With the world population expected to exceed nine billion by 2050, the demand for food is also going to soar. The BRICS (Brazil, Russia, India, China and South Africa) are developing at a rapid rate and their populations are increasing demand for better quality food, in particular meat. How can European agriculture meet the food challenges of the future in way that does not damage the environment? How is EU’s Common Agricultural Policy (CAP) impacting sustainability? And how can research make a difference in all of this? These questions were addressed at a recent conference, ‘Sustainable future for EU farming?’ hosted in Brussels by the European Environmental Bureau (EEB), BirdLife International and the Danish Ecological Council.
Speaking at the conference, Commissioner for Agriculture Phil Hogan pointed to the new greener elements of the Common Agricultural Policy Reform (CAP) such as the green payment which now constitutes 30% of the direct payment, the simple and targeted cross compliance system and the greener rural development programme. However, he acknowledged the criticisms of the reformed CAP which have come from the environmental movement. Jeremy Wates from EEB, for example, warned of national resources being eroded on a large scale and Ariel Brunner from BirdLife International lamented that Europe is running out of biodiversity and pointed to the dramatic loss of grassland biodiversity reported in the European Environment Agency’s (EEA) recent SOER (state and outlook 2015 report). The Commissioner insisted that one of priorities of the CAP is to improve of the sustainability of the agricultural sector, adding that for him, economic sustainability and environmental sustainability are two sides of the same coin.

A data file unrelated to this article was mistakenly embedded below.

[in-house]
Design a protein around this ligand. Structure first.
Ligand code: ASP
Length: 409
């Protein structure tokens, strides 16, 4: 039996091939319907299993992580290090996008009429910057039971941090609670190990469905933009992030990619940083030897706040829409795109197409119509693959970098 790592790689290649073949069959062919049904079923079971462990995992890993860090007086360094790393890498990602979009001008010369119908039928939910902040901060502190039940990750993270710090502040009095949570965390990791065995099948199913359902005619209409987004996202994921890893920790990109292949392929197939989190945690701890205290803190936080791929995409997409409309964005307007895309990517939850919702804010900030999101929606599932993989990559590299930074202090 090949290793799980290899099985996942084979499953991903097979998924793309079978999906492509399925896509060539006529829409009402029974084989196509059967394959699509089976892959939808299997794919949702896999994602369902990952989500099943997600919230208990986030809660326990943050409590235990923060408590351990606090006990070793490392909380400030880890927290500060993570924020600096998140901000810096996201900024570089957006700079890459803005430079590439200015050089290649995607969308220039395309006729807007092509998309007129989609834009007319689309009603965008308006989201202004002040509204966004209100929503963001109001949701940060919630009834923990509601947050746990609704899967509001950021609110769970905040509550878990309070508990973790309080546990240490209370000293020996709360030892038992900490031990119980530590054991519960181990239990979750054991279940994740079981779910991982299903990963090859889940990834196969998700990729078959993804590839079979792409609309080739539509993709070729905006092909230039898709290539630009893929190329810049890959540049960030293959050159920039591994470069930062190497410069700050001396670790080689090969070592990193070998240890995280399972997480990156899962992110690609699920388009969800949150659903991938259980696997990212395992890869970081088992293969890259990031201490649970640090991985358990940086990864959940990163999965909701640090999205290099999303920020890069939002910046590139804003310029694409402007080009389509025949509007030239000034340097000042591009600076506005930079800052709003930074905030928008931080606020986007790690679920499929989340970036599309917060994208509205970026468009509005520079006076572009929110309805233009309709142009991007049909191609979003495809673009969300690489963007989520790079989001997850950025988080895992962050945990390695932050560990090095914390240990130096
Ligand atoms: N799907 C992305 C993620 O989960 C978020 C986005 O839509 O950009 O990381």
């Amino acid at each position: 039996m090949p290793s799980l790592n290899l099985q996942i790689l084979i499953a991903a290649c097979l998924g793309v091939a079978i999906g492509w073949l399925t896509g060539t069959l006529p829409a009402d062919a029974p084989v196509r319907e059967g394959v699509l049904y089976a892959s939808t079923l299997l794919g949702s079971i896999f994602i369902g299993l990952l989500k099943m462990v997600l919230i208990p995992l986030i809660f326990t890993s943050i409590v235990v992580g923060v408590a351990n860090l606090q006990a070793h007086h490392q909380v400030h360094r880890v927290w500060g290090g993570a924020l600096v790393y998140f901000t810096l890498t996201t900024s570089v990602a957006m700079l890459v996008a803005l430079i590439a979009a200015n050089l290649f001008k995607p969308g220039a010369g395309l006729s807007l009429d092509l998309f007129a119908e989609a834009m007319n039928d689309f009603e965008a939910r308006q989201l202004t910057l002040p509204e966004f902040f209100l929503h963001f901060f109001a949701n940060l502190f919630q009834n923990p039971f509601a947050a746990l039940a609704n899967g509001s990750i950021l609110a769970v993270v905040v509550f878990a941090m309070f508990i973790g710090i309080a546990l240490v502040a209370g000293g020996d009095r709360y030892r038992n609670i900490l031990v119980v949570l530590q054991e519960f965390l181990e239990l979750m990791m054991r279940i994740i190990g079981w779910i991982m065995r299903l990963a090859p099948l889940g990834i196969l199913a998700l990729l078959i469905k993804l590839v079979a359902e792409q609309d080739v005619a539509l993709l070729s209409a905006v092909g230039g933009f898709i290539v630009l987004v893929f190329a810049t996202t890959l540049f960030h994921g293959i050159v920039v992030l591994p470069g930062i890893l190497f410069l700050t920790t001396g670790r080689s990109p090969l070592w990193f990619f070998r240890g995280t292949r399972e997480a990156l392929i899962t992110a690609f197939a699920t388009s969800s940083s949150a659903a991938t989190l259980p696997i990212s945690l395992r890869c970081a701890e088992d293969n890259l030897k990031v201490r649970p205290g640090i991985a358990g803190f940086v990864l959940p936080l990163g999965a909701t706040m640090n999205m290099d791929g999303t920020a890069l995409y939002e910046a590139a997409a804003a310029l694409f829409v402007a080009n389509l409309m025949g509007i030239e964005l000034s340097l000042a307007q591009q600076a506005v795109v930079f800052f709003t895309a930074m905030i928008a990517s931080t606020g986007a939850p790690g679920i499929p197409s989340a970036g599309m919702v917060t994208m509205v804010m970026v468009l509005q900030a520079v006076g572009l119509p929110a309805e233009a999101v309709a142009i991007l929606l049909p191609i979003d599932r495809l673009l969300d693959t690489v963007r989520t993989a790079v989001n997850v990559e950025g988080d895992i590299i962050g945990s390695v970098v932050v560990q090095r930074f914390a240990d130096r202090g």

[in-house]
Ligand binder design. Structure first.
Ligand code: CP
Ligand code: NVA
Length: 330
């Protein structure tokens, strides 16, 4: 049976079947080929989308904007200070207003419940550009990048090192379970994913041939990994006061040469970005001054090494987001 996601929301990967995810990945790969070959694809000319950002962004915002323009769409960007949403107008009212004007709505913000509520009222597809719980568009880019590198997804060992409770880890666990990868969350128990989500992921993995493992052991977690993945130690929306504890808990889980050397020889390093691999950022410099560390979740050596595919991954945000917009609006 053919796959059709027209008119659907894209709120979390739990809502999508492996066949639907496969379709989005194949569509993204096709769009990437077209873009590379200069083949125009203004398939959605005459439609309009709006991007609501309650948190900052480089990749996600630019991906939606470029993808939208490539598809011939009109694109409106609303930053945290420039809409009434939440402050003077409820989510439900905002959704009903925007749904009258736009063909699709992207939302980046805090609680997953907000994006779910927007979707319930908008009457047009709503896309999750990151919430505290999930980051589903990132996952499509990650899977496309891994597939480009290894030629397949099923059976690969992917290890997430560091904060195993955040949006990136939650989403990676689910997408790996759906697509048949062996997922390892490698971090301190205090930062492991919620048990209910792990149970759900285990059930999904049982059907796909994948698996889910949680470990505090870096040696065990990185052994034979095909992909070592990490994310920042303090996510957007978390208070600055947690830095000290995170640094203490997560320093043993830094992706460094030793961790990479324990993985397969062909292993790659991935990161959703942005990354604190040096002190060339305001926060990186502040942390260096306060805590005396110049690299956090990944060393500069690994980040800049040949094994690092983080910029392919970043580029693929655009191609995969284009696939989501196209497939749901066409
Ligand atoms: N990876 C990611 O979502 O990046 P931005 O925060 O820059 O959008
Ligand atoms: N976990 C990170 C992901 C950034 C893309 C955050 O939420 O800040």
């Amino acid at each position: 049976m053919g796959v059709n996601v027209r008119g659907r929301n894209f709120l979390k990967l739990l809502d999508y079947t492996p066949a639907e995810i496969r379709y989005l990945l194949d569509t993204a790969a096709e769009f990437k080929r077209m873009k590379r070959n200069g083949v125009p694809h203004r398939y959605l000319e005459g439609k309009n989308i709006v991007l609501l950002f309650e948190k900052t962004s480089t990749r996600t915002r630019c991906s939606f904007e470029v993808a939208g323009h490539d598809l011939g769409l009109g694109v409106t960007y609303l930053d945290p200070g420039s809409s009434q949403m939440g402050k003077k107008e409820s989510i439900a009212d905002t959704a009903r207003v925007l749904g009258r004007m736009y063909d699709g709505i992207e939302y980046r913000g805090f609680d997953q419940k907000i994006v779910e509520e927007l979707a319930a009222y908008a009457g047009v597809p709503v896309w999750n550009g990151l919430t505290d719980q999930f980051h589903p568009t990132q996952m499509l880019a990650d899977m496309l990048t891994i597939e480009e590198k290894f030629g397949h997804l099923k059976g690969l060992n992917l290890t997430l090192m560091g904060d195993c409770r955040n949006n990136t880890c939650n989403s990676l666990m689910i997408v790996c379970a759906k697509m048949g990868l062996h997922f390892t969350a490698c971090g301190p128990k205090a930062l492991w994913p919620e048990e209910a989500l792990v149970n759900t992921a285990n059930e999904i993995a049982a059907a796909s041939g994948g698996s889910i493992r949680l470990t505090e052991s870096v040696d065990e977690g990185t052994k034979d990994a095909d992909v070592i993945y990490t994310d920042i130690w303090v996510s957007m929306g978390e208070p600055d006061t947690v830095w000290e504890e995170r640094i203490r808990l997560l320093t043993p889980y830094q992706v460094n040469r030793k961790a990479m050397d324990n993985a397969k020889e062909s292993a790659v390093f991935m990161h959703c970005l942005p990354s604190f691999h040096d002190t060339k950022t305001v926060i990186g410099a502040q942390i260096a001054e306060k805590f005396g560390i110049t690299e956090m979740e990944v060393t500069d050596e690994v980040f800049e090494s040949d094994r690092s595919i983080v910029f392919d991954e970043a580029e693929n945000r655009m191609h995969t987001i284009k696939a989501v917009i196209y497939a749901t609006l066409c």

Food and farming research
There are many important activities already going on in the research community, and Commissioner Hogan noted that two of the big Horizon 2020 calls for 2016-2017 in the Mediterranean region will be on food and water.
Olivier Mora, a researcher with the Agrimonde foresight study meanwhile introduced the results of research by a team at CIRAD and INRA in France on the topic of sustainable agriculture. The team has set up a permanent foresight tool through a platform that constructs, analyses and debates scenarios relating to global food and farming systems in the years leading up to 2050. The two scenarios are ‘Agrimonde 1’ and ‘Agrimonde GO’. Agrimonde 1 set out to apply the principles of sustainable development. This scenario involves ecological intensification of production and a reduction in the current inequalities as regards consumption: reducing under-nutrition in some regions, while cutting waste and excess food consumption in others. The second scenario, Agrimonde GO, is primarily characterized by significant growth in calorie yield per hectare cultivated, and by unregulated global trade. It also centres on the assumption that environmental problems are not anticipated, with the certainty that they can always be overcome once they become too acute.
What does the research tell us about our planet’s ability to feed 9 billion people by 2050? According to Mora, it will depend on what is on our plate, particularly the proportion of animal products, and how we protect biodiversity into the future. Following on from Agrimonde, Mora and the team at CIRAD are now undertaking a new study that investigates land use change and food insecurity – covering the impact of climate change, diet change and waste, household income, dynamics of the farm.
These areas are also a focus of the Horizon 2020 programme which aims to address food and feed security and safety, the competitiveness of the European agri-food industry and the sustainability of food production, processing and consumption.